An investigation has backed the British Medical Journal's handling of two controversial and inaccurate articles it published on the harms of cholesterol-reducing statins.
Both claimed that 20% of users would suffer harmful side effects.
The journal withdrew the claim, but refused calls for a full retraction.
Yet prominent academics have criticised the investigation, saying the articles still damage confidence in statins and are continuing to demand a retraction.
Statins lower levels of cholesterol in the blood to reduce the odds of a heart attack or stroke.
The harms and benefits of the drugs became a hugely controversial area of medicine in the run-up to a massive expansion in prescribing in July.
Four in 10 adults in England, Wales and Northern Ireland are now eligible for statins, even though many are at low risk of a heart attack or stroke.
The research they were quoting did not adjust its findings for the level of those side effects - such as muscle problems, increased risk of diabetes and liver inflammation - which would have occurred even if people were not taking the drugs.
Leading academic Prof Rory Collins, from Oxford University, said the articles were likely to have encouraged people to stop taking statins with potentially life threatening consequences.
The 20% figure was eventually withdrawn, but the reports were not retracted.
An investigation, led by a former chairman of the Royal College of General Practitioners, Dr Iona Heath, was launched in May.
It has concluded: "The panel were unanimous in their decision that the two papers do not meet any of the criteria for retraction.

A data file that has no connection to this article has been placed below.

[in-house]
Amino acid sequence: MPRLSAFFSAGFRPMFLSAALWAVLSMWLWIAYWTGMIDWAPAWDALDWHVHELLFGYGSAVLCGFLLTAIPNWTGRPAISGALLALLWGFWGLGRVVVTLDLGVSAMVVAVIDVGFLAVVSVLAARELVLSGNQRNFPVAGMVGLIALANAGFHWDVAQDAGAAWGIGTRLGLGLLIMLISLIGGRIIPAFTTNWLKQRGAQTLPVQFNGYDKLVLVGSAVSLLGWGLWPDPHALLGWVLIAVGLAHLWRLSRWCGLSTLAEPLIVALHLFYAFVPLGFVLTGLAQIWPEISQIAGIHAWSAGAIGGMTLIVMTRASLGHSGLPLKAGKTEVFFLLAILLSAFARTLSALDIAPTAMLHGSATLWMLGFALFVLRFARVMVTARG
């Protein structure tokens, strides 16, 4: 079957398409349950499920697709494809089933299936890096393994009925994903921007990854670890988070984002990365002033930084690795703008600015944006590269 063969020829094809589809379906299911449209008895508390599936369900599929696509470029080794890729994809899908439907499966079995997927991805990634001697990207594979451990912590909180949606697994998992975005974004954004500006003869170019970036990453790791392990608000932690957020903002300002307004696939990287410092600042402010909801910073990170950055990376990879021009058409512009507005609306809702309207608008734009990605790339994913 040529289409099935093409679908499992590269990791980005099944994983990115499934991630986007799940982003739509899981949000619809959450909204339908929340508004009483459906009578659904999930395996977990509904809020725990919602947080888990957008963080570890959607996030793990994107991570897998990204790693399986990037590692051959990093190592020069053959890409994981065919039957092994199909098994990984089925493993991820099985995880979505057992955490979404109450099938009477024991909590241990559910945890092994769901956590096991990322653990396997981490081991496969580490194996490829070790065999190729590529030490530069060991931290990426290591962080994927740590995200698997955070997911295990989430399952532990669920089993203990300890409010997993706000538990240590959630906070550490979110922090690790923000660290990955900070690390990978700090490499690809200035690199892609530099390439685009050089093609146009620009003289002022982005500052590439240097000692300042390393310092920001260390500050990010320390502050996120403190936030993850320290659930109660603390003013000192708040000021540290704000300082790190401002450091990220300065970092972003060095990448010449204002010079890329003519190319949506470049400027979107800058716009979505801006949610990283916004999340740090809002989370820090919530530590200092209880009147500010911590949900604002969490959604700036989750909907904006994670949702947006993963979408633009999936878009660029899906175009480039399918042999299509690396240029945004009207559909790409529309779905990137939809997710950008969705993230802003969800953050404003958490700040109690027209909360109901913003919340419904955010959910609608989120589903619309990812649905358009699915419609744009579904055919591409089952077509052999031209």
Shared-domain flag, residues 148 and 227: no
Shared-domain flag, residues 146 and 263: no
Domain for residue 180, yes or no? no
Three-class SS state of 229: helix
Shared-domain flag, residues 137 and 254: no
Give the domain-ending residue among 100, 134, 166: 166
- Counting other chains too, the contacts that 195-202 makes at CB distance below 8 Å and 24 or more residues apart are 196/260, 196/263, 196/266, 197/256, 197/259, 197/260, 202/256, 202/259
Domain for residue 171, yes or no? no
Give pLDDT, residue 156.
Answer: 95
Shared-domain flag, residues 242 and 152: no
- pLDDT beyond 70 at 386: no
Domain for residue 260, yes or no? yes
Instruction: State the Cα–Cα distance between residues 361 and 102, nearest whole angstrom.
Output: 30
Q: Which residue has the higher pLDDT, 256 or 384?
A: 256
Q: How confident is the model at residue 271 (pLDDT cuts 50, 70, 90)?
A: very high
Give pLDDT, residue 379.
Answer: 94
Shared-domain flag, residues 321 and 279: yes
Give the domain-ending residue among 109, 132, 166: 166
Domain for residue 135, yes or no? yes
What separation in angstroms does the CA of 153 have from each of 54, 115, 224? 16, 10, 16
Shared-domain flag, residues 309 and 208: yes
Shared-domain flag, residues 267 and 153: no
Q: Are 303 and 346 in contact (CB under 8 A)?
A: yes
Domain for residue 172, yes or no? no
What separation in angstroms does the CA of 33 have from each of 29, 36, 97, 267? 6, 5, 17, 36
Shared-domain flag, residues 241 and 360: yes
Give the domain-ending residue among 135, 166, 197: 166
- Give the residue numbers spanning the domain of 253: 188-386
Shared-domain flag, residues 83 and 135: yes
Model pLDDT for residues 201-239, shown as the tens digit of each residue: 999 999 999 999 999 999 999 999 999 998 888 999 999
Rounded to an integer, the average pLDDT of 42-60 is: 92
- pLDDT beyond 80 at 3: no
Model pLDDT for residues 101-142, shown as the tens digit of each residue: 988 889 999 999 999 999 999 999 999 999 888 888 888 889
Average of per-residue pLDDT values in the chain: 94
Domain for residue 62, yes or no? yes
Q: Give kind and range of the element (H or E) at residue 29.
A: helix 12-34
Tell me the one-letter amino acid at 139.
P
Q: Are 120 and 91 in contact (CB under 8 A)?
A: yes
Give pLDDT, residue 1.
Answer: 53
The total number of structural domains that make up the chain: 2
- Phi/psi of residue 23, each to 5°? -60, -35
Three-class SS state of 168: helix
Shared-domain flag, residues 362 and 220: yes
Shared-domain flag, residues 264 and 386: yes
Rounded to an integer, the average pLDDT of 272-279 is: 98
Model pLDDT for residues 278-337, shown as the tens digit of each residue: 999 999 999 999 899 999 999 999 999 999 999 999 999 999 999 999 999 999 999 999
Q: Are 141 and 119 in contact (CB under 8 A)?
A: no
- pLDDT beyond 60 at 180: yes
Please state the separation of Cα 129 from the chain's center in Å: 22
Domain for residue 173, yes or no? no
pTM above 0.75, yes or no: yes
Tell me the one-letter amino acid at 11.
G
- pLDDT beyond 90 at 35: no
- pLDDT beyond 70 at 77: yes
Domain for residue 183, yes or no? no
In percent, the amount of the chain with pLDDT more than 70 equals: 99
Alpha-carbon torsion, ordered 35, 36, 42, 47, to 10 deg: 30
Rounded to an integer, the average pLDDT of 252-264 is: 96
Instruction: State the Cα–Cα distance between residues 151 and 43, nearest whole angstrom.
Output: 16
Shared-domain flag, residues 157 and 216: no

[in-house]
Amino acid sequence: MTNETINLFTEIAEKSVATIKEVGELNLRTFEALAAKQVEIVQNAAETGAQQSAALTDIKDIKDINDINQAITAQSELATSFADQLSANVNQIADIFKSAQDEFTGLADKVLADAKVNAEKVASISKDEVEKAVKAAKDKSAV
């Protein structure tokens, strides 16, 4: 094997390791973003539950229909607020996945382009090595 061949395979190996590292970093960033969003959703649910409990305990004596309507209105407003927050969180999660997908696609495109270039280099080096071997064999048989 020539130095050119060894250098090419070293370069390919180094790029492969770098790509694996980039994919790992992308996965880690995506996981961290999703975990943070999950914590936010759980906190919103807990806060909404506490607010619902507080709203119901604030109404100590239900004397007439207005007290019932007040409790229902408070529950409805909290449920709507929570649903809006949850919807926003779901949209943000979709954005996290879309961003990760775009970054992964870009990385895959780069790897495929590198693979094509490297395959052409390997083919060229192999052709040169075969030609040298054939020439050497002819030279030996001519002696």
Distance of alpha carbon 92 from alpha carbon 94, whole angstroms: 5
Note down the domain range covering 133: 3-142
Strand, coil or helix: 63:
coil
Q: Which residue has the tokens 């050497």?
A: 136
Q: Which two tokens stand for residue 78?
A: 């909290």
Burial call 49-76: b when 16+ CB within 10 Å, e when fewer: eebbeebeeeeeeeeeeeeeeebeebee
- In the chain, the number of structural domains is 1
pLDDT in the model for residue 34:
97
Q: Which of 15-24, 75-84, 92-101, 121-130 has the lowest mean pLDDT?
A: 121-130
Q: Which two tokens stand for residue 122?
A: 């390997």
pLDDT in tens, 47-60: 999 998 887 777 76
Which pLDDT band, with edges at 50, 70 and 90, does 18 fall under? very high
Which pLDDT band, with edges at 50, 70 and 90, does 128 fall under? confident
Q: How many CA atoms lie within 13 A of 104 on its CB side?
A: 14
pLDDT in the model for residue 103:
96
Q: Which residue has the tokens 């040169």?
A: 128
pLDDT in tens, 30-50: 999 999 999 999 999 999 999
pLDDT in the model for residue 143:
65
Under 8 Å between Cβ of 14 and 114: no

"The error did not compromise the principal arguments being made in either of the papers.
"These arguments involve interpretations of available evidence and were deemed to be within the range of reasonable opinion among those who are debating the appropriate use of statins."
The editor of the British Medical Journal, Dr Fiona Godlee, told the BBC there was "obviously a risk our reputation has been damaged".
"It is wrong to pretend errors don't happen, as soon as it was clear errors had been made, we moved to correct that and made it as public as possible."
She added there was "no evidence" that people's confidence in statins had been dented.
However, the panel did say the journal needed to pay "extra attention" to controversial or one-sided articles and called for a review to see how corrections to the opinion pieces could have been "made in a more timely fashion".
However, Prof Collins argues the investigation was not independent and came to the wrong conclusion.
He told the BBC: "It is not surprising the BMJ investigates itself and exonerates itself.
"The BMJ published misinformation and they've withdrawn one major error, but have not corrected several other major errors.
"My concern is that as before, patients and their doctors are misinformed by those papers and the BMJ's failure to correct them."
Prof Sir John Tooke, the president of the Academy of Medical Sciences, said: "There is a very real possibility that misinformation about statins could put the health of those who need them at risk.
"We are disappointed that the papers have not been retracted, but hope that a renewed focus on the evidence base can bring much-needed clarity to the debate."
However John Deanfield, a professor cardiology at University College London said: "I don't feel strongly that a full retraction is required, merely an acknowledgement that the views expressed were based on incorrect data."